Hand down your pants hip hop

Whether going by the name of Uncle Climax, Jesus Murphy or Buck 65, Richard Terfry is known for his weird version of hip hop with its emphasis on the instrumental

Growing up in Mount Uniake, N.S., Buck 65 had limited exposure to music and had to climb a tree in his yard to hear the local radio station’s hip hop program.
Growing up in Mount Uniake, N.S., Buck 65 had limited exposure to music and had to climb a tree in his yard to hear the local radio station’s hip hop program.
Credit: 
Supplied

1. Who are you?

I am Buck 65, the Warren Oates of rap.

2. You are currently on a summer tour, so what are your tour essentials and why?

I travel light. Baby wipes are a must. I don’t need much else. Dental floss. I can get by on just about nothing.

3. How are you feeling about playing this year’s Wolfe Island Music Festival?

It’s my first time playing Wolfe Island, so I don’t know what to expect. But I like the sound of the name. And I’m always excited to have a chance to play with Jenn Grant. When we get together, fires burn.

4. You grew up in a small town, Mount Uniacke, N.S., where you have said none of your friends were into the hip hop scene. How did you fall in love with music?

I became interested in hip hop when it was just getting started, back around 1980. I would have been eight years old. It was a matter of being in the right place at the right time.

Like a lot of eight year olds, my mind was wide open, ready to be occupied by something that I could obsess over—something I could use to begin to define myself. And that happened to be a brand new music genre.

Completely new genres don’t come along very often, so it’s very exciting when they do. And this one was very much geared toward young people and came with a message of “this is for everyone; anyone can do it; you can do it too!” So, I went crazy. Zero to 60 in half a second. From oblivion to complete obsession in a snap of the fingers.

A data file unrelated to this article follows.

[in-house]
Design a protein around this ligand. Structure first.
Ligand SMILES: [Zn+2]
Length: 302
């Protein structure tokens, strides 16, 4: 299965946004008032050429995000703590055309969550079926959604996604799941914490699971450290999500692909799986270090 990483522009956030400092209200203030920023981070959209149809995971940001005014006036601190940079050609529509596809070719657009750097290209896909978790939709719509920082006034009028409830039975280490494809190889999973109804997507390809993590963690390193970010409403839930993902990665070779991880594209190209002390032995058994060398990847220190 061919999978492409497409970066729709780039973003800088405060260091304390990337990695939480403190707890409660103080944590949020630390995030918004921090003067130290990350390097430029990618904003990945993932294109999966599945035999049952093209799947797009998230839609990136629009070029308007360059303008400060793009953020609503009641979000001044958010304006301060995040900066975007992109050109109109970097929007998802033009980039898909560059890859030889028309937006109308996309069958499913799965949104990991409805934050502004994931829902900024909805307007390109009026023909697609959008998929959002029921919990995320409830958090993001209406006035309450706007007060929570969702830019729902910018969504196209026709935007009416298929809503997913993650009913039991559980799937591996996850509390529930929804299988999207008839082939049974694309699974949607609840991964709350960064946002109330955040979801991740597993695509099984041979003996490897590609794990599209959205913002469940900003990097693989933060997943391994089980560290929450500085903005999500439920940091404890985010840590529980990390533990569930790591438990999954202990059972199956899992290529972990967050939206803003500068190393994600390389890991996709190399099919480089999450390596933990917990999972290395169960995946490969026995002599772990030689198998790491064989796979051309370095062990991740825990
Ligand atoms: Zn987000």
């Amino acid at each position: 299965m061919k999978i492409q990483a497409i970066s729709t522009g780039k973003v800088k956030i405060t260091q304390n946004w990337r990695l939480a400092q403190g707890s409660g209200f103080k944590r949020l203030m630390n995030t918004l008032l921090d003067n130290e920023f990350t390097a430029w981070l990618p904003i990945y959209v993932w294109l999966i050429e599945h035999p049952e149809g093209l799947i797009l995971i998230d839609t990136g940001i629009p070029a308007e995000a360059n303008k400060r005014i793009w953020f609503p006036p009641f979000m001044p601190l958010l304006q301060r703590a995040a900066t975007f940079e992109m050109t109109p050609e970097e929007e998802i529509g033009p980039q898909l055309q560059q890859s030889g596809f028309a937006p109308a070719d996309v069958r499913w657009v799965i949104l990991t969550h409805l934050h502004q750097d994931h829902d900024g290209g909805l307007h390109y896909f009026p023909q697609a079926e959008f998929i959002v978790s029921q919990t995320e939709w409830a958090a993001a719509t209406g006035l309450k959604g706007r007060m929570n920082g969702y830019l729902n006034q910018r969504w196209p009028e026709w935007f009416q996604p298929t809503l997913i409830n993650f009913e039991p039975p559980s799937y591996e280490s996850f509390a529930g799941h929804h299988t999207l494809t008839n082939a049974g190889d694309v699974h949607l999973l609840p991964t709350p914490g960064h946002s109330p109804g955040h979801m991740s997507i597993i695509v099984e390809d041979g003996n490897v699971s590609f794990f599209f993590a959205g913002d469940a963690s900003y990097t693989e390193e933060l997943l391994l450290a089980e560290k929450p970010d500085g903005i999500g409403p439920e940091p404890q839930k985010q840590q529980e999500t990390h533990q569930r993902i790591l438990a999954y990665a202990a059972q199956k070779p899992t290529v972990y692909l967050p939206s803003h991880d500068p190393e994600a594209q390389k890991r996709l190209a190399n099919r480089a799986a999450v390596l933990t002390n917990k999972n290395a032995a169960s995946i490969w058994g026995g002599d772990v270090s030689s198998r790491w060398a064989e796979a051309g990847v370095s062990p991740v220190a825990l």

5. You are not only a talented musician but you create all the different aspects of your music yourself. Is it important to you to have that creative control over all aspects of your work?

Actually, I don’t think I’m talented at all. I just have a lot of ideas. And for that reason, it’s not only important, but completely necessary for me to have control over every aspect of the music. But it can also be fun to experiment with surrendering control once in a while.

6. You began your career back in the 1990s and have been playing ever since, which inevitably means you have played in some interesting places. What is the best and strangest place you have ever had a show?

I played for one guy in Kingston a few days after September 11th. I played in a museum in Australia for the opening of an Andy Warhol exhibit. I played in a basement with Vincent Gallo in Buffalo. I’ve had all kinds of amazing adventures.

Most of the strangest and best nights of my life have been nights I was playing music in some corner of the world. I’ve really lived.

I’m rich.

7. How would you describe your music?

I would describe my music as sub-realist. I’d describe it as a hand down the front of your pants. I’d describe it as Mt. Uniacke music. I’d describe it as a moustache drawn on the Mona Lisa. I don’t know. I think I would have a much easier time describing individual songs. It’s hard to throw a net over the whole thing.

8. You’ve become known for your stage names, which have ranged from Uncle Climax, Jesus Murphy to Stinkin’ Rich. What inspires these pseudonyms?

I guess they were just attempts at justifying or making excuses for various creative dalliances. Uncle Climax was the name given to my inner pervert, I guess. He still rears his head once in a while, but doesn’t want to draw too much attention to himself these days.

9. Your newest record, 20 Odd Years, brought you back to Halifax where you created the record from the ground up with some old friends. What was that experience like?

It had been a while since I did that. I took my hands off the wheel for a few years. I needed to go back. I allowed myself to be very uncomfortable for a few years. It hurt (in a good way). So it was good to be able to relax a little.

10. You made this year’s long list of nominees for the 2011 Polaris Music Prize, how does that feel?

I was on the jury for the Polaris a year ago, so I know how it works. Having had that experience, I can tell you that it doesn’t really mean anything. The work I’m most proud of was never recognized in any way.

It’s up to me to decide what is a failure and what isn’t, not someone else. It was never up to me to hire a publicist,which is to say that I’m not motivated by going out and looking for approval.

11. For all those who are coming to your show, is it true that hugs and kisses are free?

Hugs and kisses are always free. The way I see it, I give people everything I have on stage. I make myself very vulnerable. It’s very personal. And I think it’s very generous when any performer does that.

So, the least that can happen after the show is some kind of meaningful exchange of human contact or affection so that it’s not an entirely one-sided affair. I always hope to get back a little of what I put out there.


Buck 65 plays the main stage at Wolfe Island Music Festival at 9 p.m. on Aug. 6.

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